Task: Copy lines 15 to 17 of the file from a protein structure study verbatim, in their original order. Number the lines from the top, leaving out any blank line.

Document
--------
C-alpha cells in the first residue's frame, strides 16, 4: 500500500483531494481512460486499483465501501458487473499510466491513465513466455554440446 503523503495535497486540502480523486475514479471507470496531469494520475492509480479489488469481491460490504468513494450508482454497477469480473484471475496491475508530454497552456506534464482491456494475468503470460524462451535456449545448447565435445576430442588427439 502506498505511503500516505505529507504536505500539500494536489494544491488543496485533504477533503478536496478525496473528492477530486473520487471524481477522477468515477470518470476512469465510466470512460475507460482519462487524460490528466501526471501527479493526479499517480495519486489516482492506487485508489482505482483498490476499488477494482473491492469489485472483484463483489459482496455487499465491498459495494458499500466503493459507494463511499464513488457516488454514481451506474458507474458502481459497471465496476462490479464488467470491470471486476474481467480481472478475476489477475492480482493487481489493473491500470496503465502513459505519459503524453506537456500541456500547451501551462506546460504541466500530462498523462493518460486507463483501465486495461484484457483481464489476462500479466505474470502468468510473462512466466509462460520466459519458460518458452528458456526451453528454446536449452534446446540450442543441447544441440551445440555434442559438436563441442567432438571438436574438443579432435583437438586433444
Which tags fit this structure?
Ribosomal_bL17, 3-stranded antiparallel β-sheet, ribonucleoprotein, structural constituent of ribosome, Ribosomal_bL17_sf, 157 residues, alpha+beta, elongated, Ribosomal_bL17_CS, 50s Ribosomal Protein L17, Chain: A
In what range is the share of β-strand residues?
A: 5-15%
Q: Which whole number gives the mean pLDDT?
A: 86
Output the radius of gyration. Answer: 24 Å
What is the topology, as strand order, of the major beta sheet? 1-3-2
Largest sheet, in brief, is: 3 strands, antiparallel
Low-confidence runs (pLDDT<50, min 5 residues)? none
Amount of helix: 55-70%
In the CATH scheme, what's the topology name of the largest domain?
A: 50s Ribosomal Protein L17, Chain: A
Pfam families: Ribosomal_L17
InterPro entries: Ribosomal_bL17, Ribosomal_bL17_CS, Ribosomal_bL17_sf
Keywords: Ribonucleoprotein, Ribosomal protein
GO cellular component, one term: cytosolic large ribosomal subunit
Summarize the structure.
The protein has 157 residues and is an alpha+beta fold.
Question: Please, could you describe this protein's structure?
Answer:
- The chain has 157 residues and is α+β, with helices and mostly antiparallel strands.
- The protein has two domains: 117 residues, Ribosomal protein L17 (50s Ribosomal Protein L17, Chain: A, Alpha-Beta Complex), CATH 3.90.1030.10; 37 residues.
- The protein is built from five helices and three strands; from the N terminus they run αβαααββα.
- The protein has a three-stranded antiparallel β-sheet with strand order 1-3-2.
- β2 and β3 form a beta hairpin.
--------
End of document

Pfam families: Ribosomal_L17
InterPro entries: Ribosomal_bL17, Ribosomal_bL17_CS, Ribosomal_bL17_sf
Keywords: Ribonucleoprotein, Ribosomal protein